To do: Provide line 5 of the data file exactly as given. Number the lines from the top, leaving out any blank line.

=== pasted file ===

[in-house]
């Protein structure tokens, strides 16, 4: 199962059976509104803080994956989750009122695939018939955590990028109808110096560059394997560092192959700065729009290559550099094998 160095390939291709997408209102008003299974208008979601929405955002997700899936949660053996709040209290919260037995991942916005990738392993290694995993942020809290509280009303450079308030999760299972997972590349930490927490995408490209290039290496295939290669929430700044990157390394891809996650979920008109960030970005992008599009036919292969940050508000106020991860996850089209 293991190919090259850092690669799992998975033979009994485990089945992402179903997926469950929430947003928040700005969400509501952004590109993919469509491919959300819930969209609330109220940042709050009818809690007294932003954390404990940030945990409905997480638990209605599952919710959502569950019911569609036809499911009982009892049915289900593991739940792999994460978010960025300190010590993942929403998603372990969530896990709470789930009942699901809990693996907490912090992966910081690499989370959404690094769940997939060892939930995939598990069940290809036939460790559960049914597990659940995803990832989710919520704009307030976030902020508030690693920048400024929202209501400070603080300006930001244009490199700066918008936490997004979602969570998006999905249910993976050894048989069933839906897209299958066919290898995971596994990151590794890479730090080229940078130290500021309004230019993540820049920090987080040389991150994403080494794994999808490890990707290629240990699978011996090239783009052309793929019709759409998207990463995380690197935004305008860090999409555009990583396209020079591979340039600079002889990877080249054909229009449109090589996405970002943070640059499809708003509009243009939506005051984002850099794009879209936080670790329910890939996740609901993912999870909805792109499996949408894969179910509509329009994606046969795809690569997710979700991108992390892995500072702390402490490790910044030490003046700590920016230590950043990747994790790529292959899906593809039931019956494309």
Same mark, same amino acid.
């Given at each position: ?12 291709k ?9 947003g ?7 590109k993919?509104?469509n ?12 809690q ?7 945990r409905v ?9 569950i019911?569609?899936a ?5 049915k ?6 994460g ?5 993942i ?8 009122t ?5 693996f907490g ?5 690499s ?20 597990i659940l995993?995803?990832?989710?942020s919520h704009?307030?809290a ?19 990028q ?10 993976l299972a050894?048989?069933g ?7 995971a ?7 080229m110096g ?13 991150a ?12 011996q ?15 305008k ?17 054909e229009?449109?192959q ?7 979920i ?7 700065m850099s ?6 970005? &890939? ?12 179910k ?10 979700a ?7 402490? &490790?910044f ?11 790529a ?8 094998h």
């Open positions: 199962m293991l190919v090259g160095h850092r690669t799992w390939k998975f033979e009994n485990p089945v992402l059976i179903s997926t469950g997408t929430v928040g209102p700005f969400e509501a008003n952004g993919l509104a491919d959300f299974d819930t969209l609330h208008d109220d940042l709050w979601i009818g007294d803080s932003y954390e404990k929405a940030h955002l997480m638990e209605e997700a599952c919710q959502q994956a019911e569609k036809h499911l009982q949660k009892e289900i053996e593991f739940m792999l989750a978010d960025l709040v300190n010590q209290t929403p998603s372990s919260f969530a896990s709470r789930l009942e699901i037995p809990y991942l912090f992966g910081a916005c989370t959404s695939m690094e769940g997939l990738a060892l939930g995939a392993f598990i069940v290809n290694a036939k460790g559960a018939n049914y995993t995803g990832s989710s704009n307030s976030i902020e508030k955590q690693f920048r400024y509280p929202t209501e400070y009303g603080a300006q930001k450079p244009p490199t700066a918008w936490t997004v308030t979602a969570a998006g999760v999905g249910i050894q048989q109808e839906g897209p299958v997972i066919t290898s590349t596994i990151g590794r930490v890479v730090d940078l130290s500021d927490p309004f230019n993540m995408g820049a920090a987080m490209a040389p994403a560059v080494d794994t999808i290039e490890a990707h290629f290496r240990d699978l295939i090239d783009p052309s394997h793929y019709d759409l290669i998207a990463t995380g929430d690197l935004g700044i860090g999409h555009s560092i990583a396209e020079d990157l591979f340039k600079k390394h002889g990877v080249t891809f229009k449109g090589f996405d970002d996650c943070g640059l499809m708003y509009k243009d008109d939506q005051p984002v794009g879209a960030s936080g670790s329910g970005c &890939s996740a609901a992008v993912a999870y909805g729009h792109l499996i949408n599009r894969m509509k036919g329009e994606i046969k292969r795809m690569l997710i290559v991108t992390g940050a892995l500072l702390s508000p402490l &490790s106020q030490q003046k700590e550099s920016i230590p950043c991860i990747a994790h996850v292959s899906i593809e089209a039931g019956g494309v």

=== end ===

């Open positions: 199962m293991l190919v090259g160095h850092r690669t799992w390939k998975f033979e009994n485990p089945v992402l059976i179903s997926t469950g997408t929430v928040g209102p700005f969400e509501a008003n952004g993919l509104a491919d959300f299974d819930t969209l609330h208008d109220d940042l709050w979601i009818g007294d803080s932003y954390e404990k929405a940030h955002l997480m638990e209605e997700a599952c919710q959502q994956a019911e569609k036809h499911l009982q949660k009892e289900i053996e593991f739940m792999l989750a978010d960025l709040v300190n010590q209290t929403p998603s372990s919260f969530a896990s709470r789930l009942e699901i037995p809990y991942l912090f992966g910081a916005c989370t959404s695939m690094e769940g997939l990738a060892l939930g995939a392993f598990i069940v290809n290694a036939k460790g559960a018939n049914y995993t995803g990832s989710s704009n307030s976030i902020e508030k955590q690693f920048r400024y509280p929202t209501e400070y009303g603080a300006q930001k450079p244009p490199t700066a918008w936490t997004v308030t979602a969570a998006g999760v999905g249910i050894q048989q109808e839906g897209p299958v997972i066919t290898s590349t596994i990151g590794r930490v890479v730090d940078l130290s500021d927490p309004f230019n993540m995408g820049a920090a987080m490209a040389p994403a560059v080494d794994t999808i290039e490890a990707h290629f290496r240990d699978l295939i090239d783009p052309s394997h793929y019709d759409l290669i998207a990463t995380g929430d690197l935004g700044i860090g999409h555009s560092i990583a396209e020079d990157l591979f340039k600079k390394h002889g990877v080249t891809f229009k449109g090589f996405d970002d996650c943070g640059l499809m708003y509009k243009d008109d939506q005051p984002v794009g879209a960030s936080g670790s329910g970005c &890939s996740a609901a992008v993912a999870y909805g729009h792109l499996i949408n599009r894969m509509k036919g329009e994606i046969k292969r795809m690569l997710i290559v991108t992390g940050a892995l500072l702390s508000p402490l &490790s106020q030490q003046k700590e550099s920016i230590p950043c991860i990747a994790h996850v292959s899906i593809e089209a039931g019956g494309v």